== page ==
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7 Responses to “Asexuality: Don’t Be Alarmed”

  1. giannakali Says:

    I have no issue with asexuality per se…absolutely not…however if it’s iatrogenic (caused by drug damage) that’s another story and the reporter who was speaking to the journalist found that these kids were DISTRESSED by their asexuality.

    A lot of adults with healthy sex drives also lose their interest in sex and that too is distressing to them.

    Again, no issue with people who find asexuality is how they were born and it seems to be a natural thing…sexuality is fluid and asexuality too exists naturally on a spectrum…what I’m talking about is drug induced damage.

    • lindakay1948 Says:

      I think that if you are truly happy with being asexual, then, by all means, no one should criticize you for being so. However, for those of us who have known the joy of sexuality, and then have had it taken away, in my case permanently, and for over 28 years, it is truly heartbreaking, not only for ourselves, but for our spouses. In my case, it means that, for the sake of my marriage, and in order to please my husband, I have to do something over and over that I am not the least bit interested in. I’m sure that it would be much worse if this had happened to my husband instead of me.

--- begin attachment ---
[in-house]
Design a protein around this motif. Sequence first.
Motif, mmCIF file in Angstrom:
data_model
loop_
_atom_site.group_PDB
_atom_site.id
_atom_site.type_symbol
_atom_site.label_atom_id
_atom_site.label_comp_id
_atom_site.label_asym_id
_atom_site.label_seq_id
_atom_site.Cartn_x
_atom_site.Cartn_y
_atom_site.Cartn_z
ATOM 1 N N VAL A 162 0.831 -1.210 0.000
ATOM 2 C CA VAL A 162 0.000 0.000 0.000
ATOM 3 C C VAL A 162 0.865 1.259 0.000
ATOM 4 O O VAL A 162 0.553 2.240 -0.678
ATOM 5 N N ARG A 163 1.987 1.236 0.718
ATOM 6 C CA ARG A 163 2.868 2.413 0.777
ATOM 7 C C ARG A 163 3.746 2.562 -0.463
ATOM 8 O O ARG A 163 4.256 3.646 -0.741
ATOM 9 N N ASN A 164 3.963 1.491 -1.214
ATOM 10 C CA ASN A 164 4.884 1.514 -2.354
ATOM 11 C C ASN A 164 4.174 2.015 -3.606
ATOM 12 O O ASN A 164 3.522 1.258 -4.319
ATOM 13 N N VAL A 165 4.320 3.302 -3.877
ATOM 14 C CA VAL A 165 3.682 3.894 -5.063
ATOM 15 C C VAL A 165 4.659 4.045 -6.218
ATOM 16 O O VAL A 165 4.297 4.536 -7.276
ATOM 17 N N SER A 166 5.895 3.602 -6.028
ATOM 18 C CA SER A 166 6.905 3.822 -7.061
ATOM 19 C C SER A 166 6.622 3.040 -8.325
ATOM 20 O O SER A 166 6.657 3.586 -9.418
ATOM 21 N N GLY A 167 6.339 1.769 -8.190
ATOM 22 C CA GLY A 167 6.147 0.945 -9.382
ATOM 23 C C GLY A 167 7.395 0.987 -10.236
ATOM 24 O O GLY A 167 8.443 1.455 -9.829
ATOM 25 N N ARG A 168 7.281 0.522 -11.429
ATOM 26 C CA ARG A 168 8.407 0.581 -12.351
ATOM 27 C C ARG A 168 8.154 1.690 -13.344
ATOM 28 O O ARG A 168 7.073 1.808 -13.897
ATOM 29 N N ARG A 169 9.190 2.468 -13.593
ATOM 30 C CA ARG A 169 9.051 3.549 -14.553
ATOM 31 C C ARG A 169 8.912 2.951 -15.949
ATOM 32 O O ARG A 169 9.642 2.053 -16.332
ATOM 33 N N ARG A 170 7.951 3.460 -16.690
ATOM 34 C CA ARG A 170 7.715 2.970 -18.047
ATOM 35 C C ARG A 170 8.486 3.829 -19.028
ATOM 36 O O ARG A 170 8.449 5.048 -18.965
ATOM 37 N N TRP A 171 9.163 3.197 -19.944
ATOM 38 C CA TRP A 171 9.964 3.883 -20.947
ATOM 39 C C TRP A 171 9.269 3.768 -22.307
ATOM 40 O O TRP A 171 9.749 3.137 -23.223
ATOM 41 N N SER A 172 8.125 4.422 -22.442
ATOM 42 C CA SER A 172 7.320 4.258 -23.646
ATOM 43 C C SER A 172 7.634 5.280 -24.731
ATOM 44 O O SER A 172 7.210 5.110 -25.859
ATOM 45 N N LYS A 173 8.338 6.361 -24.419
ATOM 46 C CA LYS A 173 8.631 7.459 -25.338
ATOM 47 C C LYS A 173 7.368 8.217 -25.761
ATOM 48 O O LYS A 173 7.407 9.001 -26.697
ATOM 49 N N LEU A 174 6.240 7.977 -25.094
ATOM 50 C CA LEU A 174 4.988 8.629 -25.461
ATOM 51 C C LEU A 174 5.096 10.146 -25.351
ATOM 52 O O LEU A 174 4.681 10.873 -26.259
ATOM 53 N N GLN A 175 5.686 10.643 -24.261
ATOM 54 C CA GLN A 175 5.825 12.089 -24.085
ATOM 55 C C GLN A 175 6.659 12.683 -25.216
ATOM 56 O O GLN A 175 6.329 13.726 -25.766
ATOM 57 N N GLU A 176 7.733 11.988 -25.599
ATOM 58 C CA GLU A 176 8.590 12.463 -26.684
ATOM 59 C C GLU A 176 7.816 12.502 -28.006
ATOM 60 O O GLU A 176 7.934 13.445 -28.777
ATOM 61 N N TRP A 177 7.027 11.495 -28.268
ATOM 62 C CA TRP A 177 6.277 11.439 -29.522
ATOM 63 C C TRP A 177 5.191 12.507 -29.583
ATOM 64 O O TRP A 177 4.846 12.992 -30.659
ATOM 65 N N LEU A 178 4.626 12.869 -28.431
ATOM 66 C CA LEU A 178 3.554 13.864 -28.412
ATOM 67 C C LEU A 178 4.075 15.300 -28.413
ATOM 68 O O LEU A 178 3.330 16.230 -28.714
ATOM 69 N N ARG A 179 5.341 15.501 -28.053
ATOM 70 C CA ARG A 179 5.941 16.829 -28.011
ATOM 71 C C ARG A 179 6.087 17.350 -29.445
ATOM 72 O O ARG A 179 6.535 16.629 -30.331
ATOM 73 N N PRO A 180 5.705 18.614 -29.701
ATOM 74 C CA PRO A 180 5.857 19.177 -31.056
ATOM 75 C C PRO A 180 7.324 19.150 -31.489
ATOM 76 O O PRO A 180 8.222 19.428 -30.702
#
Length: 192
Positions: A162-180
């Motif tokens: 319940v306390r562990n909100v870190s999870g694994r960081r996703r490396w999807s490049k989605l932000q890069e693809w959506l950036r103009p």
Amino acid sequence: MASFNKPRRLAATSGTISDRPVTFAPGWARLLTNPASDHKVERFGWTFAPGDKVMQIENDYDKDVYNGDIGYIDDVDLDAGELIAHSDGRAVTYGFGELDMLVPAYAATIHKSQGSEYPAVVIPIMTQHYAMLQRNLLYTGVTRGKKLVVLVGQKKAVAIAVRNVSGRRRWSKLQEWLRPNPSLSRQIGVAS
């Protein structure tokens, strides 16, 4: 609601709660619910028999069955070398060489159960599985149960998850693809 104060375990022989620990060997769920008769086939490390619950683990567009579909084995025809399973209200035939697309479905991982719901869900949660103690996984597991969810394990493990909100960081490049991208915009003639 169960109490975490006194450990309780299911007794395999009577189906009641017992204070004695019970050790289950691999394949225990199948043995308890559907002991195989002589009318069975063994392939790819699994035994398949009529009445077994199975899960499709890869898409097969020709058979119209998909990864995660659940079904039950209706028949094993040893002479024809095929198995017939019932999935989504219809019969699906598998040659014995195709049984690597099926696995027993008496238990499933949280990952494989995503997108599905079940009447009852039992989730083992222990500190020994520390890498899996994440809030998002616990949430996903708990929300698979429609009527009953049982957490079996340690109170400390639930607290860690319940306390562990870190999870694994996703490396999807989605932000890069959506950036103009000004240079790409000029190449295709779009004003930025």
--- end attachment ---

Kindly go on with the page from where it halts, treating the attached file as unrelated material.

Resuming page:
I am very blessed to have children and grandchildren, but young people, just starting out in life, especially young men, are losing all hope of marrying and having families of their own. I have read many of their stories in the Yahoo support group I’m in. Thank you, Gianna, for directing me to it years ago.

      One of the young men I corresponded with committed suicide because he felt that he could not lead a normal life after the sexual dysfunction he acquired after taking, and then discontinuing, Lexipro. His suicide note was posted by his best friend, and we were all able to see his obituary.

      Although I have never taken SSRIs, the moderator allowed me to join this group. Here is the link:

      http://health.groups.yahoo.com/group/ssrisex/

      ~ Linda Kay

      • weordmyndum Says:

        I can certainly understand how it could be greatly distressing to people. I personally started taking antidepressants at age 5 (a tricyclic, not an SSRI) before I would have developed mature sexuality. I don’t know if the antidepressants caused it and will almost certainly never know. I’m mostly okay with that, but I know it causes great distress for many people. I was speaking from my perspective as an asexual person who’s happy with her sexuality, and I find it frustrating when people assume that I or other happily asexual people are distressed about it. We’re a relatively small group, but I think it’s still a perspective that deserves a voice.